Effects of Prolonged and Timing-Specific Exposure to Neighborhood Disadvantage during Childhood and Adolescence on Health and Health Inequalities in Early Adulthood
Kravitz-Wirtz, Nicole Dolores
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Mounting evidence that purely individual-based explanations fail to fully explain persistent disparities in morbidity and mortality has contributed to a surge in research investigating how residential contexts further shape the health of individual residents. Until recently, however, the majority of scholarship in this area measured neighborhood characteristics only once or over just a short window of observation, conflating persons who were recently exposed with those who have – and in the case of many communities of color, are more likely to have – experienced repeated or prolonged residential adversity. Such a conceptualization is inconsistent with most theories of neighborhood effects, which tend to specify mechanisms that imply sustained or age-specific exposures, as well as with a developmental or life course perspective in which experiences earlier in life are posited to have formative and enduring impacts on future outcomes, even when controlling for more contemporaneous determinants. Using data from the 1970 to 2011 waves of the Panel Study of Income Dynamics (PSID) merged with census data on respondents’ neighborhoods, this dissertation comprises three interrelated studies examining the effects of prolonged and timing-specific exposures to neighborhood disadvantage throughout childhood and adolescence on health and health inequalities later in life, including self-rated health status, obesity incidence, and early smoking initiation. Neighborhood disadvantage is characterized regularly throughout the child and adolescent life course using a composite index based on the spatial clustering of poverty, unemployment, female-headed households, public assistance receipt, and educational and occupational marginalization. The assumption is that such collective conditions of neighborhoods are concomitant to social and structural resources and opportunities (or the lack thereof) that can, alone or in conjunction with individual- and household-level risk and protective factors, be health promoting or health compromising. Analyses employ marginal structural models with inverse probability of treatment (and censoring) weights to adjust for selection bias without “controlling away” the effects of neighborhood exposures that operate indirectly though the same individual-level covariates that are associated with mobility into and out of different neighborhood contexts. Results indicate that prolonged exposure to neighborhood disadvantage throughout childhood and adolescence is strikingly more common among nonwhite, predominantly African American, respondents and is associated in turn with significantly greater odds of experiencing worse self-rated health as well as obesity in early adulthood. Moreover, contrary to family-level poverty in which experiences during early childhood have been shown to be particularly influential, these analyses suggest that exposure to neighborhood-level deprivation during adolescence may be more detrimental to young adult health than exposure that occurs earlier in life. Nonetheless, the findings for early smoking initiation highlight the potential for differential impacts of neighborhood poverty across different racial/ethnic groups. Overall, however, this dissertation adds support to the growing body of literature suggesting that place-based, developmentally-appropriate, and ongoing investments in the social, economic, institutional, and physical structures of under-resourced communities and communities of color can have long-term benefits for population health and health equity that extend over the life course.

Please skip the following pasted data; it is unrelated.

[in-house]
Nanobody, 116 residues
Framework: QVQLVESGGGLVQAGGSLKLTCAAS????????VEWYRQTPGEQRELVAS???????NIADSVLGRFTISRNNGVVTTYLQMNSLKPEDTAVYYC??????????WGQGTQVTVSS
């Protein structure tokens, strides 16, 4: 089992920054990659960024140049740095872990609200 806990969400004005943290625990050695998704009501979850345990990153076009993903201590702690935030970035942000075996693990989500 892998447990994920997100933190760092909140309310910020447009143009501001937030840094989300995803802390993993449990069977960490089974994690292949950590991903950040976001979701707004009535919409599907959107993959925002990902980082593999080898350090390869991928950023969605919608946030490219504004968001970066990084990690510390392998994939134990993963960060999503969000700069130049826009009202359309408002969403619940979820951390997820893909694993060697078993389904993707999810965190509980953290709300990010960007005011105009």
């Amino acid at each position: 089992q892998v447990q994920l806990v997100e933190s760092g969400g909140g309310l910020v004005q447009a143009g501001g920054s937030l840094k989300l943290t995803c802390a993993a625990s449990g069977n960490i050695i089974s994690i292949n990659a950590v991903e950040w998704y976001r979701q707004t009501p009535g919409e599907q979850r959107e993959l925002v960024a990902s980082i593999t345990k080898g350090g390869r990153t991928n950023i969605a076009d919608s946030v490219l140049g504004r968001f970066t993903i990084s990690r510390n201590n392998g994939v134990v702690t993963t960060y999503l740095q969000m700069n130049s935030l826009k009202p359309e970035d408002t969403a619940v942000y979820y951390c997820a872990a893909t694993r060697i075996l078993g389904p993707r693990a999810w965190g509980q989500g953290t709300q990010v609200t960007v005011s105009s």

- Sociology